Self-Determination at Summer Camp
ByHeidi Smith Luedtke, PhD
Parentsspend a lot of time trying to motivate kids. We use chore charts, checklists,reminders and rewards to get them to feed the dog, clean their rooms, andcomplete schoolwork. But these techniques don’t change behavior long-term. Realmotivation must come from within.
The Psychology of Summer Camp
Timeat camp may be all it takes to spark a little self-determination in your kid. Iknow it sounds too good to be true. Your school-age slacker – the one whoexpects you to find his homework and pack his lunch – might start doing somethings for himself. And your often-bored tween might come home with more pep inher step.
Psychologistsuse self-determination theory (SDT) to explain why some experiences make usfeel engaged and excited while others drain and deplete us. The premise issimple: when an activity meets our needs for autonomy, competence, andrelatedness, we are energized and empowered. Kids’ basic needs are no differentfrom adults’.
Kidswant to do things for themselves. They crave a sense of accomplishment androutinely seek feedback. (“Look what I made, Mom!”) And kids thrive onconnections with loved ones and peers. Feelings of belongingness boost theirself-worth. Summer camp offers loads of opportunities to meet all these needs.And that should make kids (and the parents who love them) very happy campersindeed.
Theneed for autonomy is satisfied when kids control their own lives. At camp, yourson will have endless opportunities care for himself. Staff won’t select hisclothes, organize the contents of locker, or remind him to put on deodorant. Noone will delay dessert until he eats his veggies. Independence is what camp isall about. Don’t worry. The world won’t stop if your son wears the same shirtthree days in a row. His peers will speak up if he gets super stinky.
Duringthe school year, many kids jump from one regularly scheduled activity to thenext with no unstructured time in between. Camp puts kids in charge of theirown activities. Maybe your daughter will take a hike. Maybe she’ll paintpottery. Maybe she’ll write you an email. It is up to her to decide how she’llspend her free time. One thing is certain: she won’t sit around whining abouthaving nothing to do. And if she does, you won’t be there to hear it.
Theneed for competence is satisfied when kids learn new things and get positivefeedback about their efforts. Your kid might choose a camp focused on art,science, sports, or music. Or he may opt for a good old-fashioned sleep-awayexperience, complete with row boats and weenie roasts. Some camp activities maybe outside your kid’s comfort zone. Stretching is good.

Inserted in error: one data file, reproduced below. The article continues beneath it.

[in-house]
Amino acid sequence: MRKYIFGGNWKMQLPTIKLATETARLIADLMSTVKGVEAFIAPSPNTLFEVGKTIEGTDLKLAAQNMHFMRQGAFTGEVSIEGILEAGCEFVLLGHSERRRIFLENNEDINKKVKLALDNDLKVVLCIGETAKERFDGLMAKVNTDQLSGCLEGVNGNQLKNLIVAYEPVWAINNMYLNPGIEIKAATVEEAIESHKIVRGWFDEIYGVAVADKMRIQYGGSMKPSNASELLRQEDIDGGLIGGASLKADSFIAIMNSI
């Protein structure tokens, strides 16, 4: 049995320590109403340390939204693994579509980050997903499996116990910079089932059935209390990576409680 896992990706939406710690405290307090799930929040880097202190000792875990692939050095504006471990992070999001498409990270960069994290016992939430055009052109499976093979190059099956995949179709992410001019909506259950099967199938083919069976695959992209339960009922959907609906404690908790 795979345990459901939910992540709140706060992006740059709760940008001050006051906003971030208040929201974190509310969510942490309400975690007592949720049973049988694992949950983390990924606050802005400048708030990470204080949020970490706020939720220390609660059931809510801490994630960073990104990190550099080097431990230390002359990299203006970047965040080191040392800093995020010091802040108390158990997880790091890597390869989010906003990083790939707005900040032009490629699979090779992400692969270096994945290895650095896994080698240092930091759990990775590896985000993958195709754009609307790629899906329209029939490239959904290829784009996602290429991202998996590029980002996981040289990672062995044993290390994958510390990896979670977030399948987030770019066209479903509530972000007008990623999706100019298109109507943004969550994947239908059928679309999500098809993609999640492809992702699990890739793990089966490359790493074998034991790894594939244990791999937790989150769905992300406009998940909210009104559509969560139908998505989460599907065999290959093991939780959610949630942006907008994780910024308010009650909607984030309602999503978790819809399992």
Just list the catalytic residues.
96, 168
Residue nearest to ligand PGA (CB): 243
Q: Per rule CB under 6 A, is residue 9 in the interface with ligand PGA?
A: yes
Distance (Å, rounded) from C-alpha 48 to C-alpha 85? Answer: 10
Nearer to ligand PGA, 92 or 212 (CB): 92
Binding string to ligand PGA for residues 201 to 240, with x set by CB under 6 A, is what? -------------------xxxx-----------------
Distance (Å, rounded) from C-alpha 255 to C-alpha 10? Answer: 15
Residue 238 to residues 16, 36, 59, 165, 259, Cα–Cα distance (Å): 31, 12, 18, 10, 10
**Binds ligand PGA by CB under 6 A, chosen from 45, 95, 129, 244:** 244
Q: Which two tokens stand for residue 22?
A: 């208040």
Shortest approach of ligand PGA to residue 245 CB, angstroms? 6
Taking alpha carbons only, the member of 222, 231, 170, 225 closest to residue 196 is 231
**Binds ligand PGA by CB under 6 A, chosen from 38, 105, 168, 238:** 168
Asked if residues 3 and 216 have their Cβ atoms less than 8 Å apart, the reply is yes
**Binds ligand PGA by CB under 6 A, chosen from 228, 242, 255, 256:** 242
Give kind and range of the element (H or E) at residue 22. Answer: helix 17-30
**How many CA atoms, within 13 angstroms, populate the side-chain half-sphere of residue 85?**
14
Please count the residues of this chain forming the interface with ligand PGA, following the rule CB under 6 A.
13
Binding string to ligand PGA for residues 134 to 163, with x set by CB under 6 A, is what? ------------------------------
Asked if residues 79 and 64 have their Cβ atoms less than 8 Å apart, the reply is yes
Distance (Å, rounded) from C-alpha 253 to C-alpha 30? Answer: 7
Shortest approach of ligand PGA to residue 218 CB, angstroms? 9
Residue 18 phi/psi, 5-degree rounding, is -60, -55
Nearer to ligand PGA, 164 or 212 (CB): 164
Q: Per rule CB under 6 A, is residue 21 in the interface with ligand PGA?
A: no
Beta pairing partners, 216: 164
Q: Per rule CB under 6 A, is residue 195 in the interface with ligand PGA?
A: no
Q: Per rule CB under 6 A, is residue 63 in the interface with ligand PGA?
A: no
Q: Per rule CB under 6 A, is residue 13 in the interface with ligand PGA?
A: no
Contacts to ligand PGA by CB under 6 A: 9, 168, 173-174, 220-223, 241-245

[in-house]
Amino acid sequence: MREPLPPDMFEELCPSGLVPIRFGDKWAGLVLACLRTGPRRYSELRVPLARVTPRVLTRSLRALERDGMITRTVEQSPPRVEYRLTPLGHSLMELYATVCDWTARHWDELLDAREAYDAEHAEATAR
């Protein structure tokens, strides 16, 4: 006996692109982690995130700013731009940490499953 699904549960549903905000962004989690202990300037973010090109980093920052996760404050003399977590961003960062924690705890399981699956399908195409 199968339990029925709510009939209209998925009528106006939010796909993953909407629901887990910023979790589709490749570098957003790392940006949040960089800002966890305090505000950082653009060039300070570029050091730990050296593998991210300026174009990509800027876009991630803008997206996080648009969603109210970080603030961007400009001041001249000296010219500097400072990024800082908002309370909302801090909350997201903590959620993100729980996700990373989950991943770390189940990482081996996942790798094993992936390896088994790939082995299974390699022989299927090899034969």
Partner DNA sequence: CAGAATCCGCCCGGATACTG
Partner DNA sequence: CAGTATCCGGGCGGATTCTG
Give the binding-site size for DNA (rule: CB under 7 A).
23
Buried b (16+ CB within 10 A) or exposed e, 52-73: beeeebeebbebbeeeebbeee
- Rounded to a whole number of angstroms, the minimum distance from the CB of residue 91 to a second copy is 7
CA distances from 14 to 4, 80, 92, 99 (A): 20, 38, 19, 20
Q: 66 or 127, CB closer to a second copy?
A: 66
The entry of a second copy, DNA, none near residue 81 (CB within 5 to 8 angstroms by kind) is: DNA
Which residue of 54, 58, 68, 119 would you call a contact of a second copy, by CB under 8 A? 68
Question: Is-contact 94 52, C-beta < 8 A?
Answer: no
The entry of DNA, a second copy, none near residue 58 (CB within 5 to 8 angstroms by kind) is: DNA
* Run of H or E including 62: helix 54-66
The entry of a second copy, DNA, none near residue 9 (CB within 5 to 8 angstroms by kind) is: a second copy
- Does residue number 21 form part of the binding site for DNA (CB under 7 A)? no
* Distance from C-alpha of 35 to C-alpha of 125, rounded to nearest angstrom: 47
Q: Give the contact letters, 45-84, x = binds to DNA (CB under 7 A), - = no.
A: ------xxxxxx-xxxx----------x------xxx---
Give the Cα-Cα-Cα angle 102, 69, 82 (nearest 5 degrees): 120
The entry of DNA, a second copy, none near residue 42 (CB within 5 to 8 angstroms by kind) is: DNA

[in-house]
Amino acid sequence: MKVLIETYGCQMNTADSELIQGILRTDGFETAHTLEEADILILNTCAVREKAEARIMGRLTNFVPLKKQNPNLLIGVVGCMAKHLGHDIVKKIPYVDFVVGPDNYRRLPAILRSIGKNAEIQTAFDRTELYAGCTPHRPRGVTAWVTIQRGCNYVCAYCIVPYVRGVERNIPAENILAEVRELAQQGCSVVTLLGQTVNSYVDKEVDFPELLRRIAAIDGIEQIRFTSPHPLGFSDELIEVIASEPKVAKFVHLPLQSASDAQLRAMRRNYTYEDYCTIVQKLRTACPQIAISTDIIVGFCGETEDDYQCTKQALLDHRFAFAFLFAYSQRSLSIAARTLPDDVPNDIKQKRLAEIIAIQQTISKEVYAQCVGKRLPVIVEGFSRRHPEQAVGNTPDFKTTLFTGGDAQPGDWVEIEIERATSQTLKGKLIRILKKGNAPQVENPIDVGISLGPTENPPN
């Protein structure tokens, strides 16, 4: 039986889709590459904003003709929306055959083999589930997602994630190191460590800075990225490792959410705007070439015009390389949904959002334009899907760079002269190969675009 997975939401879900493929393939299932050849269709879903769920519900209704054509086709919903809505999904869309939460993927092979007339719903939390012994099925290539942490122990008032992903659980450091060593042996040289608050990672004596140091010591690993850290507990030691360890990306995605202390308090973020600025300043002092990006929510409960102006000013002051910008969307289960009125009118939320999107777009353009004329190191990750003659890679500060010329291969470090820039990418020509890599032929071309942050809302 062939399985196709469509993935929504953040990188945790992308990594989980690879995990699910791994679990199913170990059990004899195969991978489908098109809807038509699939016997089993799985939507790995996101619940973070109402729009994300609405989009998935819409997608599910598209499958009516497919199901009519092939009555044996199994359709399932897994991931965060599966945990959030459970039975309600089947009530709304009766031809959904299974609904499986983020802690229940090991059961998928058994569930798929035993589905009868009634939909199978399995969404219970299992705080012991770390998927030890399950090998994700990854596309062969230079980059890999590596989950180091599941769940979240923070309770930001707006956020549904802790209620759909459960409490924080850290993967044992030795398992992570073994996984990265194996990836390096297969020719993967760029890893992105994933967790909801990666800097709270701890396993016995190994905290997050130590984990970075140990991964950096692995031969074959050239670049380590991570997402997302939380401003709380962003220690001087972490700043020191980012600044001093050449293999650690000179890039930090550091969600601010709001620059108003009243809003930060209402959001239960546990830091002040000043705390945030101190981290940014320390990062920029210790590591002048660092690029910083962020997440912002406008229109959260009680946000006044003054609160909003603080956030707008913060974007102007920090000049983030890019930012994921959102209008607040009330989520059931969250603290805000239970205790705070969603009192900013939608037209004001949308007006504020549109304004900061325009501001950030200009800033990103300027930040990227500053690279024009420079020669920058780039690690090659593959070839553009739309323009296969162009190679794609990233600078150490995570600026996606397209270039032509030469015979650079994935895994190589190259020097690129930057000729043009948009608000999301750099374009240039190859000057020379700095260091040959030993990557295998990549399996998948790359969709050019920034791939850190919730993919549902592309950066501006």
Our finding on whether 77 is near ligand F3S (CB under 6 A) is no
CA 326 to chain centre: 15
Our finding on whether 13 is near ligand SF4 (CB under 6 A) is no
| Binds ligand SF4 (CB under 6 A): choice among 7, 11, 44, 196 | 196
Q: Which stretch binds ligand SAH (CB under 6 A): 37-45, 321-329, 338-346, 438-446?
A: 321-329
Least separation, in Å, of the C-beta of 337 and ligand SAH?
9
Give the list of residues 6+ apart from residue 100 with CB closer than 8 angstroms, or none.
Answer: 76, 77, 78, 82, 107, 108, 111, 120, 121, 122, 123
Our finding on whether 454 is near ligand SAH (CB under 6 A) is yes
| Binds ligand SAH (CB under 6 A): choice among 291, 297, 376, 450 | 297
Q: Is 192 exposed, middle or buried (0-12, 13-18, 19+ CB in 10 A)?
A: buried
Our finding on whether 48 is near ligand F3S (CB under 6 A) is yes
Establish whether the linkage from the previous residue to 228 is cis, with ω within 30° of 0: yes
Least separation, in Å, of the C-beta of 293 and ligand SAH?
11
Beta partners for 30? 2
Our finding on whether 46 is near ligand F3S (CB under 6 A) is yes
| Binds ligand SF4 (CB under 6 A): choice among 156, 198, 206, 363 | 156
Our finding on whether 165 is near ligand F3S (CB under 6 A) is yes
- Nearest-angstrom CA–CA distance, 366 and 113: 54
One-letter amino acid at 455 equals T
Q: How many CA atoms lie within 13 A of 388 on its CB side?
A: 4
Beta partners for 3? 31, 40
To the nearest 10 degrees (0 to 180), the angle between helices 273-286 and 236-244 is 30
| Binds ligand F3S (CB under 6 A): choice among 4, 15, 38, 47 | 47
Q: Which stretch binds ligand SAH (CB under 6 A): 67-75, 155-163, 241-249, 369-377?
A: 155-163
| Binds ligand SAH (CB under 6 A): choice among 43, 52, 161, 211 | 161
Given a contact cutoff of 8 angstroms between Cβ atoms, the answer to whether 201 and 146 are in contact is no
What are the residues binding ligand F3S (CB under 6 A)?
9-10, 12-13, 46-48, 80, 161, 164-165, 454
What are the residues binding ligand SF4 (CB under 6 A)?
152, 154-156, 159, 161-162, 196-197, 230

Yourchild may be unsure she can cross the slippery log over the creek. She maytremble with excitement about her role in the theater production. Peers andcounselors will coax her along and give constructive advice. By the end of camp,she’ll be the star of her own adventure stories.
If yourkid is an experienced camper, encourage him to share what he knows withnewbies. Being an ambassador or mentor affirms kids’ competence in a big way.Teaching a peer how to trim a sail or chip a golf ball out of the tall grasswill take your son’s skills to a higher level. His confidence will soar inresponse.
Yourbiggest concerns about summer camp may center on the social scene. Your childmay not know anyone on arrival. That’s okay. Camps create connections in manyways. Your kid will be instantly bonded with bunkmates because they share ahome base. Family-style dining and friendly competitions encourage interaction,too. The pursuit of shared goals – like building a robot or putting a frog inthe counselor’s sleeping bag – cements kids’ camaraderie.
Extrovertedkids may make lots of friends at camp. Less sociable souls may not. Whatmatters most is that kids have opportunities to talk, play and live with adiverse group of peers. They won’t all become fast friends. Learning tonavigate the choppy waters of friendship formation is a big part of the campexperience. Your kid’s social skillset will expand – even if she doesn’t find anew BFF.
Nomatter what your kid takes to camp, he’ll come home with a suitcase full ofmemories and a renewed sense of self-determination. You’ll see it as soon as hewakes from his long post-camp nap.